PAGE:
Joe Balderas has worked here for 13 years, 11 of them as an employee. In 2002, Toledo Grows asked him to take charge of its overgrown community garden in the triangle next to the center. He agreed, little knowing it would become a far larger undertaking than he ever imagined.

As years went on, he obtained grants and built connections with youth groups, The Andersons, and the juvenile court, working with hundreds of volunteers, mostly urban teenagers who know zip about gardens.

He’s constructed raised beds, picnic tables, benches, a chicken coop, bird and bat houses, many of which volunteers paint with donated supplies.

The center acquired an old home behind the event center at 522 Crittendon St. along with vacant lots on either side, and it is negotiating to buy buildings across the street, said Ms. Rodriguez-Winter, interim executive director.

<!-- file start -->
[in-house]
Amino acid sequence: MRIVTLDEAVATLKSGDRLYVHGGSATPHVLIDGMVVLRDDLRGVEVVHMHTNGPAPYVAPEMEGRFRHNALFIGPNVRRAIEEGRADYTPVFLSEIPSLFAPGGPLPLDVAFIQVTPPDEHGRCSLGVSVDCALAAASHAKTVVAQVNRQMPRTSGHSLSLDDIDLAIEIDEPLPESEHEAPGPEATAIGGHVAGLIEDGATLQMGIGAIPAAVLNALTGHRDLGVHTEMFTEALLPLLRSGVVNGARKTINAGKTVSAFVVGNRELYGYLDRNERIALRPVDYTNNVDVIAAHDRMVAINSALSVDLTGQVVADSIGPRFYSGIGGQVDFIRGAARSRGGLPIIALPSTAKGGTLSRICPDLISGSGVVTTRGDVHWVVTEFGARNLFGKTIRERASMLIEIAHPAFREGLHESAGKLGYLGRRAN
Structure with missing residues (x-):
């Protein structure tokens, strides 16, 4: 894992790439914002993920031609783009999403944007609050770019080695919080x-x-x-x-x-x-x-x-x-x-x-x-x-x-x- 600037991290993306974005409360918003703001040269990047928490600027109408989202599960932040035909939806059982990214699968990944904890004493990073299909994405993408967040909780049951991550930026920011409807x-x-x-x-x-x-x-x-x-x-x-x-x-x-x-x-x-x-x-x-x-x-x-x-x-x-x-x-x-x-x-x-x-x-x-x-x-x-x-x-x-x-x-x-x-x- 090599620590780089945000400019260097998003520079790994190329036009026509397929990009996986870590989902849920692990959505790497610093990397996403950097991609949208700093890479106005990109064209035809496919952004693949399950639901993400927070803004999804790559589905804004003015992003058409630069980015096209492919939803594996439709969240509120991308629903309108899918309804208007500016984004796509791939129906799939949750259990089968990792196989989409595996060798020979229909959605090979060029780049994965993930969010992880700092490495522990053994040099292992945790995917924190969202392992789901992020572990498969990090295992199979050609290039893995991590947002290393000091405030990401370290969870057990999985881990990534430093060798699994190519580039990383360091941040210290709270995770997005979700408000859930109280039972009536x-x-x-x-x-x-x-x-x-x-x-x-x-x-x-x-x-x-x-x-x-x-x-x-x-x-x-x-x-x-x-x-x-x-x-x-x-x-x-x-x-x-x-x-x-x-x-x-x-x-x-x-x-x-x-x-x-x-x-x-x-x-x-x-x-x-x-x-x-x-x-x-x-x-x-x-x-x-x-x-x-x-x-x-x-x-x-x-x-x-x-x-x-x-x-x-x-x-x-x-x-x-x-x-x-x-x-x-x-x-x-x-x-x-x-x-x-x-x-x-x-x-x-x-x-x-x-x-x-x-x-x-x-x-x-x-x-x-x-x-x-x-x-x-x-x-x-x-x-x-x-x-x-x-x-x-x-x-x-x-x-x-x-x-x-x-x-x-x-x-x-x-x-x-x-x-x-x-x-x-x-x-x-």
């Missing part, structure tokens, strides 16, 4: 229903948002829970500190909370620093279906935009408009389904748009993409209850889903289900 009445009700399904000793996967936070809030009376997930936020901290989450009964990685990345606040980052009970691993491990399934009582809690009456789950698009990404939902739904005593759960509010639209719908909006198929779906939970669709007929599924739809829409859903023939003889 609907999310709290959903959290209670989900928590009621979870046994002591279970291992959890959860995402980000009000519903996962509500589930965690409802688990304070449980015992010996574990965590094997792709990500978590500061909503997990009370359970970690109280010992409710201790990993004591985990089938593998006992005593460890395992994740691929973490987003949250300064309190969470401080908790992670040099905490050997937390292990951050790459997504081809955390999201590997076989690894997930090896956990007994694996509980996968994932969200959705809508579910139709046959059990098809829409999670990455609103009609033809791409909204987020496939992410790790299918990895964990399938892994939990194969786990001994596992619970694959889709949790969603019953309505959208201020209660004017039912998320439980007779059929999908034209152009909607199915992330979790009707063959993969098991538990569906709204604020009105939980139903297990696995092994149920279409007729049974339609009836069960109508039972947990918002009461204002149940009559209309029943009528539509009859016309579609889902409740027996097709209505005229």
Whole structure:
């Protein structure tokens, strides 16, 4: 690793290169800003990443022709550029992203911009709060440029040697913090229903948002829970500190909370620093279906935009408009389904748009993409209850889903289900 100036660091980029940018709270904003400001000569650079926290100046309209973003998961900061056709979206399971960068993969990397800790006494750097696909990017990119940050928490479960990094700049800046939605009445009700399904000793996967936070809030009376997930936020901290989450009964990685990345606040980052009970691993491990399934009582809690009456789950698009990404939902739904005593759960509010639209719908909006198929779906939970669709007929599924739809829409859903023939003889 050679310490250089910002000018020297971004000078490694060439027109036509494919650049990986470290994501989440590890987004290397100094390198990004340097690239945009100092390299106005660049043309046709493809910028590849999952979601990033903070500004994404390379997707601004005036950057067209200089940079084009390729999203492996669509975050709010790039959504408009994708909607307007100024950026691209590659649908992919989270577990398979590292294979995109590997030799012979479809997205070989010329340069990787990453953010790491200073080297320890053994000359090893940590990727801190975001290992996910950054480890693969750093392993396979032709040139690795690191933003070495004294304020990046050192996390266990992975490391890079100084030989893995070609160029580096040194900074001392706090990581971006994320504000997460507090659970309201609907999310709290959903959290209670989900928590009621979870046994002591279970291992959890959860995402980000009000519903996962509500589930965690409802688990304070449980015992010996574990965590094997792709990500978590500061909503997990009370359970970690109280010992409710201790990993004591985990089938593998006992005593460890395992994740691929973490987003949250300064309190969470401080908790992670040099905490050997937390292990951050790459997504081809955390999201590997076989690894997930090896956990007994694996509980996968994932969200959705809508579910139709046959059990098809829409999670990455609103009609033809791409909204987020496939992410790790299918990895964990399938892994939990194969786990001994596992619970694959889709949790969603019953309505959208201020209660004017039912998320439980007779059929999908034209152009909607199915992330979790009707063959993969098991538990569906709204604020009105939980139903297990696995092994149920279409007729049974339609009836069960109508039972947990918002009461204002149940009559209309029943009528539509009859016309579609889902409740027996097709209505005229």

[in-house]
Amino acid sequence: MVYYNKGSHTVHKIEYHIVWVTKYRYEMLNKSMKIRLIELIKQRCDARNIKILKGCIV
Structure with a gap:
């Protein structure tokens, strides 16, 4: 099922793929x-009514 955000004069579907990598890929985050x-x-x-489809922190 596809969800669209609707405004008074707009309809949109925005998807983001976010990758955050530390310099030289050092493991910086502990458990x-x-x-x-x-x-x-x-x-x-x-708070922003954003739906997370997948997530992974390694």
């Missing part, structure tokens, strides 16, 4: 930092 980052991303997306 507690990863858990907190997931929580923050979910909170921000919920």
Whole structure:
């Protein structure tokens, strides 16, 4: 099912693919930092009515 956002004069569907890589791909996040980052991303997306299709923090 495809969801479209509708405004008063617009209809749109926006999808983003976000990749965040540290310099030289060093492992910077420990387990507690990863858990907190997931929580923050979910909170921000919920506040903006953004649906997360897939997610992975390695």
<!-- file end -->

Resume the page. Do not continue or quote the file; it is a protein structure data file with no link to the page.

The event space, 1225 Broadway St., hosts a free community dinner, presentation, and socializing from 6 to 9 p.m. on the first Friday of each month. On June 6, Latino veterans and youth volunteers will be honored for their contributions.

Garden specs: Several spaces. The first was the big triangle adjacent to our building: 150-by-180-by-120-feet. We didn’t own it but the grass wasn’t cut and people complained. In late 2002, Mike Szuberla of Toledo Grows asked if I’d be the garden leader; he couldn’t get anybody to do it. The 25 raised beds made from railroad timbers were rotting and the layout was disorganized. I asked Adelante to send youth to help clean it up. They sent about 20 who were four to six years old and I thought, ‘What am I doing to do with these kids?’ But they turned everything into a game and did everything I wanted them to do.

In 2009, the city asked if they could build a demonstration rain garden here, making use of the runoff from the roof. We had about 40 to 50 volunteers helping with the eaves troughs and digging the trench for the runoff tube.